She was born on Valentine's Day, so hearts and love are always a part of her.
When we were little and shared a room, she never liked for me to snuggle with her at night--much to my disappointment. She wanted her space to sleep. She outgrew her love for dolls and Barbies long before I did--again, much to my disappointment. Our gifts from Mom and Dad often were the same or very similar, but of a different color. Most of the time hers was pink or purple and mine was blue or green.
When we were in junior high and high school, we didn't know it was okay to like each other. We spent more time fighting over who was going to wear what or arguing over what time was the right time to leave for school. I guess you could say we couldn't live with each other, but probably thought we could have lived without each other.
When she moved off to college and we didn't live with each other, we had a hard time living without each other. We discovered beneath all the arguing and fighting that there was a friendship just waiting to be given a chance. We quickly became best friends during long phone conversations and my visits to campus on weekends to stay in the dorm with her. The only time she didn't like me then was when people mistook me for her older sister just because I was several inches taller than she was.
When I stood beside her at the altar as she married the love of her life, I could not have been more proud, and it had nothing to do with the hours I spent sewing six bridesmaid dresses. I was beside her as her dream came true, and her gain was my gain as well--I now had a new friend in the process and had two people to love instead of just one.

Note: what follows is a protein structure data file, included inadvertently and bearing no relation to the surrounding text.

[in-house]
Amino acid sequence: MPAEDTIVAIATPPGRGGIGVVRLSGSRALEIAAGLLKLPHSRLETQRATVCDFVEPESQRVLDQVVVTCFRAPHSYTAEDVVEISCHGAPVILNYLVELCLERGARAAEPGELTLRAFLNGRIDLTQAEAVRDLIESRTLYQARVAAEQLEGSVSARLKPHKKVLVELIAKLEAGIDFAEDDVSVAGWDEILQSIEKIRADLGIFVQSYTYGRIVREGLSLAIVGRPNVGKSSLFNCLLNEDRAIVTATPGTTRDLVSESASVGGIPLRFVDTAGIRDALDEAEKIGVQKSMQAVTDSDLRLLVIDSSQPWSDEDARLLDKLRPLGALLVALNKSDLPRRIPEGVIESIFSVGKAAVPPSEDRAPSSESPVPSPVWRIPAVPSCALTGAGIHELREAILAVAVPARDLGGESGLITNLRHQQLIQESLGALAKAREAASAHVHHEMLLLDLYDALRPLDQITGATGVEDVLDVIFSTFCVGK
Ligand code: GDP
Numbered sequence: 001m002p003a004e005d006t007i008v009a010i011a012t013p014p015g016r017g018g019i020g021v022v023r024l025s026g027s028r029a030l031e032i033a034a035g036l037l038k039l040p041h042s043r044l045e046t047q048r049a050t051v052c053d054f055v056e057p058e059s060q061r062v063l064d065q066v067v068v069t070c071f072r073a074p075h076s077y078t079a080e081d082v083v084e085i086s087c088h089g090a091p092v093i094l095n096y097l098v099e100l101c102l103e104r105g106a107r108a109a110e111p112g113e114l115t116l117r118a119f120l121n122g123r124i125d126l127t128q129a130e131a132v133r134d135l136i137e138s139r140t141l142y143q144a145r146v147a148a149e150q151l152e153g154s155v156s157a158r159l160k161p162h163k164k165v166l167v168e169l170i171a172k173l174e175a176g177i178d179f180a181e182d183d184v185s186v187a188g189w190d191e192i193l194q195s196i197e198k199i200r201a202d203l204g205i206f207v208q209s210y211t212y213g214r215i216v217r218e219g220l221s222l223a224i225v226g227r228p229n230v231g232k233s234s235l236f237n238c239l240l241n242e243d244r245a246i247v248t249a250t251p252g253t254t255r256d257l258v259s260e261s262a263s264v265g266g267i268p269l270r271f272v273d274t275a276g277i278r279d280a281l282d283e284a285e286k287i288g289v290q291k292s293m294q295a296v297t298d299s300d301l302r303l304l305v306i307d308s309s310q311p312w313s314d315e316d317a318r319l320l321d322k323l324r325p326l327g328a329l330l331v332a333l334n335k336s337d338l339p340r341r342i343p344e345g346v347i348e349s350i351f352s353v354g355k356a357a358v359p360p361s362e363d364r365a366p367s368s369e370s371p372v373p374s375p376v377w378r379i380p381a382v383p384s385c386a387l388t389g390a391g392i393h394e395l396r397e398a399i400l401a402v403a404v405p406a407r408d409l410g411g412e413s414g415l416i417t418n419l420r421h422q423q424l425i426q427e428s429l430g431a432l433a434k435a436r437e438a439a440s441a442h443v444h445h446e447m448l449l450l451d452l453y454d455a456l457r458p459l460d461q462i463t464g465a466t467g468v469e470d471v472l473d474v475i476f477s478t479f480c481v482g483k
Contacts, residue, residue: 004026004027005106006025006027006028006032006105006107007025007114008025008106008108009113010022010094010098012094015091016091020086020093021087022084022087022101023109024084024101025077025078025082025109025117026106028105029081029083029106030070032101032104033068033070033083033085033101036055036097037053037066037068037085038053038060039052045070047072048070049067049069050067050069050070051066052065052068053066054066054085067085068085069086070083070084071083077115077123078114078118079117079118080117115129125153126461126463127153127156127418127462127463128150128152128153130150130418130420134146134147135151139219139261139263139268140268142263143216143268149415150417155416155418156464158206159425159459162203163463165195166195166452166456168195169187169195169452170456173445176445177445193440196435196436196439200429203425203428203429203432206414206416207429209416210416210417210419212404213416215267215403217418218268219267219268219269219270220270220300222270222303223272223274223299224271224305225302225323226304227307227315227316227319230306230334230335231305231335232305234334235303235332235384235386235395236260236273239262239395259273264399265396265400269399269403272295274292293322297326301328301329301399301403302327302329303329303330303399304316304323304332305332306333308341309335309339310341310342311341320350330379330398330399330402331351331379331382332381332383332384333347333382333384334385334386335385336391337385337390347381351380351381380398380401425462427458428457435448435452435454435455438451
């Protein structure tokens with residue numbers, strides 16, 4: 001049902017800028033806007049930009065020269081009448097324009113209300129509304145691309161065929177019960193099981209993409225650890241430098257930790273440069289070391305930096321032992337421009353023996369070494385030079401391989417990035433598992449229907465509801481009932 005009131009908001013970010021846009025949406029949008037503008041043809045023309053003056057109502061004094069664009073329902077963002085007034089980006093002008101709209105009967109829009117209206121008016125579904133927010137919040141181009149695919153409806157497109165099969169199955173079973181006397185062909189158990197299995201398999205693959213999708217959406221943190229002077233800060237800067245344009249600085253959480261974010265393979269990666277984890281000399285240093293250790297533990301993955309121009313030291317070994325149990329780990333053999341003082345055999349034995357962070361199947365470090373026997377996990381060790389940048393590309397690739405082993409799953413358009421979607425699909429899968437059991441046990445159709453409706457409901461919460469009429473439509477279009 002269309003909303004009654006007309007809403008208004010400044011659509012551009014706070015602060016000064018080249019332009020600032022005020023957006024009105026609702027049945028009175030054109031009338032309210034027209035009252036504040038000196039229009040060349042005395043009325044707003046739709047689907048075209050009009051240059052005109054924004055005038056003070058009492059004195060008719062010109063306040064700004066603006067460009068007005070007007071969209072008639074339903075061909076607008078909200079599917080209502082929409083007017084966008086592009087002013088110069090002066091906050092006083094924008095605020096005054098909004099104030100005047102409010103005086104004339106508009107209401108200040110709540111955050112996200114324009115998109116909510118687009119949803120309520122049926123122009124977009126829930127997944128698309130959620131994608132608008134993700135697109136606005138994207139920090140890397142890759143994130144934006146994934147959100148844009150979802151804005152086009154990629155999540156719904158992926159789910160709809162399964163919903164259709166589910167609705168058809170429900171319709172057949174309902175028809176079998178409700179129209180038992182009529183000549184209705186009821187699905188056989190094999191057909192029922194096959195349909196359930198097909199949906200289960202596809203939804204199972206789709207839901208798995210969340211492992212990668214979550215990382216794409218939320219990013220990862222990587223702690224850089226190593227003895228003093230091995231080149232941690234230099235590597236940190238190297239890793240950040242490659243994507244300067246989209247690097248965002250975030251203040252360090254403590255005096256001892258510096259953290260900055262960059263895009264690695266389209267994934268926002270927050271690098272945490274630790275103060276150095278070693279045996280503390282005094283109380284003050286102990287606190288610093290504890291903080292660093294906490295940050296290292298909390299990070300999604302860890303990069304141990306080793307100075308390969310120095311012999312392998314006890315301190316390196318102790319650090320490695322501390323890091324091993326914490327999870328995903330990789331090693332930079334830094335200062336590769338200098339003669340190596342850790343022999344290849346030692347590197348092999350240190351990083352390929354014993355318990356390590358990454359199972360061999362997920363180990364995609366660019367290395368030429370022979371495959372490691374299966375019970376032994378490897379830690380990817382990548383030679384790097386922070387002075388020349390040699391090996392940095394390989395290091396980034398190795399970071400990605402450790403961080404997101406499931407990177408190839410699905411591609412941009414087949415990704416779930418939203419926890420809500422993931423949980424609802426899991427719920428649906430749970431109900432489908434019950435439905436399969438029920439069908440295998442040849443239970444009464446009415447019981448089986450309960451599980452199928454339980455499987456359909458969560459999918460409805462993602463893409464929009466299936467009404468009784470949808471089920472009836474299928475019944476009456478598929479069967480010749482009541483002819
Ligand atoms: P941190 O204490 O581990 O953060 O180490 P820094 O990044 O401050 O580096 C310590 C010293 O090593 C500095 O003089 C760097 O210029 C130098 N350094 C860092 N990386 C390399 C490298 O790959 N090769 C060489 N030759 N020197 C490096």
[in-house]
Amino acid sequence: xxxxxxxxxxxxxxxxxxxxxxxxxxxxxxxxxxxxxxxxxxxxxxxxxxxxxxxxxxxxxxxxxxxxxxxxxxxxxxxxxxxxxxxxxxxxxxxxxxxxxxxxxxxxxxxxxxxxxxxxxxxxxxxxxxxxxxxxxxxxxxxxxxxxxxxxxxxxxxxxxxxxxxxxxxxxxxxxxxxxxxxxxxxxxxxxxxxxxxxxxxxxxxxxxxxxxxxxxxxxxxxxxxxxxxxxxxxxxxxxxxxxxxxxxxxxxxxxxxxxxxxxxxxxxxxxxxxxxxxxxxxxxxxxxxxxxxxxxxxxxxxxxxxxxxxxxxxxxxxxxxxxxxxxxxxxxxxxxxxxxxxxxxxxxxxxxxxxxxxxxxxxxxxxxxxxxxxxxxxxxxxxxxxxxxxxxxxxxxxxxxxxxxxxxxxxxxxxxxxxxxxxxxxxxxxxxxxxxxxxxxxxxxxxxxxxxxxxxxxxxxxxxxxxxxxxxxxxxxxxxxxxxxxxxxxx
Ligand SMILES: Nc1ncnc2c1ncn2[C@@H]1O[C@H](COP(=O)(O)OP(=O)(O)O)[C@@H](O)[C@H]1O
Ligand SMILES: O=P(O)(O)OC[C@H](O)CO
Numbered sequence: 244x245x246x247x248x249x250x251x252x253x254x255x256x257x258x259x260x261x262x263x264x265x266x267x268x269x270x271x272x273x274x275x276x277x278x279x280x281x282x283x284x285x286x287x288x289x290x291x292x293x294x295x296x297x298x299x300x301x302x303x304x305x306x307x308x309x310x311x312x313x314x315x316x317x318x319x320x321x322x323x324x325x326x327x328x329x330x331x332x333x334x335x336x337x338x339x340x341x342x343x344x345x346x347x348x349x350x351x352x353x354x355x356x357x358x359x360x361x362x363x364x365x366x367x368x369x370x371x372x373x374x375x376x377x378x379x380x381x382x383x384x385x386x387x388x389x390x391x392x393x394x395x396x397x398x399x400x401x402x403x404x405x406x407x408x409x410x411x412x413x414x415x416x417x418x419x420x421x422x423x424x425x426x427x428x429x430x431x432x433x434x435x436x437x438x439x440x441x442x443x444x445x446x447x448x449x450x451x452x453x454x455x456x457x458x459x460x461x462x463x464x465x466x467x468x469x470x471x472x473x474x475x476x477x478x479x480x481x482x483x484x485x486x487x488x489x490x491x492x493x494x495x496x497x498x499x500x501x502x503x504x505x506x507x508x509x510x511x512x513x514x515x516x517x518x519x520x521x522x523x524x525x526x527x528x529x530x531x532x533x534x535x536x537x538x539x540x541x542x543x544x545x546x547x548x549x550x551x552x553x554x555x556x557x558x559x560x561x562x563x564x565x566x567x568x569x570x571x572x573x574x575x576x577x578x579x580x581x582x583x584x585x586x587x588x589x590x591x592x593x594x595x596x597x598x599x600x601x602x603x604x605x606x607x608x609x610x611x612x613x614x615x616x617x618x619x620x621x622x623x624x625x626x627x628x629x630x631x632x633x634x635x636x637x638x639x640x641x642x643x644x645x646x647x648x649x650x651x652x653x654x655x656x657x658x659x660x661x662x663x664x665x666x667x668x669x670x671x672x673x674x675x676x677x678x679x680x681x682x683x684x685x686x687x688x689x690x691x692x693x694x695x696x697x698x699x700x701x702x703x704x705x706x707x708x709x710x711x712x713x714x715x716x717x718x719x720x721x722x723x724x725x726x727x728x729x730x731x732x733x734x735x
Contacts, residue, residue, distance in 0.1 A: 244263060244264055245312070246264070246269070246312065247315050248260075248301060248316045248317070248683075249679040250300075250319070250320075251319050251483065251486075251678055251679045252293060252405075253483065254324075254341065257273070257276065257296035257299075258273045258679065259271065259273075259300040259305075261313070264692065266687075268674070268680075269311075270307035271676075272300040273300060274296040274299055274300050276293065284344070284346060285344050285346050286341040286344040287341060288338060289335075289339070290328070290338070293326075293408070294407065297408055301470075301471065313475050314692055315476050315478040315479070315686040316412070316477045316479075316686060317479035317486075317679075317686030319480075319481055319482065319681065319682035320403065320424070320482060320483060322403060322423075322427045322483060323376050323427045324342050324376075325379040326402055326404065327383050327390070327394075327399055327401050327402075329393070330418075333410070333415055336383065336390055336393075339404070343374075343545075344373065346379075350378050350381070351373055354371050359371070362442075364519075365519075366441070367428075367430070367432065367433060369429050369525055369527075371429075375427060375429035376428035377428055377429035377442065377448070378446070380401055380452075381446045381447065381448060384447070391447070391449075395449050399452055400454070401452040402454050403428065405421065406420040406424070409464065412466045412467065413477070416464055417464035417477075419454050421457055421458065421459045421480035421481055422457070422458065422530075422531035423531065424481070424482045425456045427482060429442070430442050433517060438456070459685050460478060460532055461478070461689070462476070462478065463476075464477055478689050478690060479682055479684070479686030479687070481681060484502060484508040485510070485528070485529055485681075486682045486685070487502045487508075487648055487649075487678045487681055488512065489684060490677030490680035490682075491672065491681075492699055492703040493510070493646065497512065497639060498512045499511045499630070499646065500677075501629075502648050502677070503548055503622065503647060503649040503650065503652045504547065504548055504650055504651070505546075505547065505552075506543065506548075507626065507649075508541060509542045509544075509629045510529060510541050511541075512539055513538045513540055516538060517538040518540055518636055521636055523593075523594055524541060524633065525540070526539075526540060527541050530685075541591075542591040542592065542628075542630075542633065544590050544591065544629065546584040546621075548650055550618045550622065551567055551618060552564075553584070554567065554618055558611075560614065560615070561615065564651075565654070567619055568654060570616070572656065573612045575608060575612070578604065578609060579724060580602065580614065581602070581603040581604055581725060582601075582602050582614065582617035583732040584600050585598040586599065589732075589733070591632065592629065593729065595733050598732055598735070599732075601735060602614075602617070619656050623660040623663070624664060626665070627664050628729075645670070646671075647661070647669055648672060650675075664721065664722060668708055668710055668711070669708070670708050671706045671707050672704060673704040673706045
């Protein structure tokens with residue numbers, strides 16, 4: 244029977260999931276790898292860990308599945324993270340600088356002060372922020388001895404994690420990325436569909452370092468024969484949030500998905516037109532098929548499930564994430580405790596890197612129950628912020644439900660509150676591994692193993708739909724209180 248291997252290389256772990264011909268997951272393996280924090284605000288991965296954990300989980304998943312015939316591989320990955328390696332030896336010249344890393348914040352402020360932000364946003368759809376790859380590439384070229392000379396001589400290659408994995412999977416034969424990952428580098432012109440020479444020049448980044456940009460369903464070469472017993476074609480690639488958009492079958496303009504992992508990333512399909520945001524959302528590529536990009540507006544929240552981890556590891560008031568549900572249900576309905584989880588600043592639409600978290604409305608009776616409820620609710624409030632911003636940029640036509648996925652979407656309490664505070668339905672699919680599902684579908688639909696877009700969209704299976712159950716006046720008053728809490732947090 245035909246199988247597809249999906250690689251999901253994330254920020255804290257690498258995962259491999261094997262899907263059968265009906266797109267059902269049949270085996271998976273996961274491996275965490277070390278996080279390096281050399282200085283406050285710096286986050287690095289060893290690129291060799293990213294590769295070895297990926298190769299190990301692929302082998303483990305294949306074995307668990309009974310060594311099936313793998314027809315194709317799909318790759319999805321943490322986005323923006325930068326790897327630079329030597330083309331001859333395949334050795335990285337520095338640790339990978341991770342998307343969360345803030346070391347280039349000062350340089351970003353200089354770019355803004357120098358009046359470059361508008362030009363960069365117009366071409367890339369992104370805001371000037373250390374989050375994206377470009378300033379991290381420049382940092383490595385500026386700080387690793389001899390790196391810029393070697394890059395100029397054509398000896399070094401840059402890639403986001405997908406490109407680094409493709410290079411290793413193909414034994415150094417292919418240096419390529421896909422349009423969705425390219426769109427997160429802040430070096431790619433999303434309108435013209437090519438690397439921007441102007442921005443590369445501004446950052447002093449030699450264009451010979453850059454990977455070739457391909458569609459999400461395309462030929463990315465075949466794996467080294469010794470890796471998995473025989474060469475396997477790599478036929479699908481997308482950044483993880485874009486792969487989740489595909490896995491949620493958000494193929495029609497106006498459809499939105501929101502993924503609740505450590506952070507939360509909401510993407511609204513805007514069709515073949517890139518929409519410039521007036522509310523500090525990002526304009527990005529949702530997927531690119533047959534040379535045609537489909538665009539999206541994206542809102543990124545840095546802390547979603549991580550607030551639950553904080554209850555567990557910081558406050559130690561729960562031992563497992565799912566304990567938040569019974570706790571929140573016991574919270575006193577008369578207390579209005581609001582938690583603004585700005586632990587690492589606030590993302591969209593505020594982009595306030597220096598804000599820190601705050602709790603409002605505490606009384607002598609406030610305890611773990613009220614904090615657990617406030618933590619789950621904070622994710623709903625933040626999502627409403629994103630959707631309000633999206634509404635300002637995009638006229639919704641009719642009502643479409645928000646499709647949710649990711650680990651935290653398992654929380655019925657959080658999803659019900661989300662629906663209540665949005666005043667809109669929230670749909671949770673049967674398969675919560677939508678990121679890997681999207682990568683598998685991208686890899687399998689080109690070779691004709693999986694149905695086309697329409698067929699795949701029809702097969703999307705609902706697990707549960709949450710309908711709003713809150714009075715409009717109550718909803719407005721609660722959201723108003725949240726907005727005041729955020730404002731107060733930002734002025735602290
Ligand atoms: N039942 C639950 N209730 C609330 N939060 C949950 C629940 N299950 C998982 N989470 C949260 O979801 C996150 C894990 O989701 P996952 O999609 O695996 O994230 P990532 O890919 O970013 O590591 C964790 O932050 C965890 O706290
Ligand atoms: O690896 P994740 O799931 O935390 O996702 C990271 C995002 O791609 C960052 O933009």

When I visited her kindergarten classroom for the day, I realized that she not only found a place for her education to be used, but she had found the ministry God had for her. Those little 5-year-olds were more than just her students to teach; they were "her" babies to love and to kiss their boo boos and to let them know they were special, even though they may not have had another person in their life to tell them so.
When I received the phone call that she was suddenly very, very sick, I didn't think my heart could hurt more. When the doctors said there was nothing more they could do, I realized it not only hurt, it was broken.
When I stood at the altar beside the love of my life, tears of sadness mixed with my tears of joy because she wasn't there beside me, sharing in my dream come true, gaining a new friend of her own.
When my babies breathed their first breaths and cried their first cries, I cried because they would be missing out on knowing Aunt Susan. This side of heaven anyway.
She's been with Jesus for over eight years now, and I miss her. When it's my turn to meet Jesus, it will be her face that I anxiously seek out in that "great cloud of witnesses."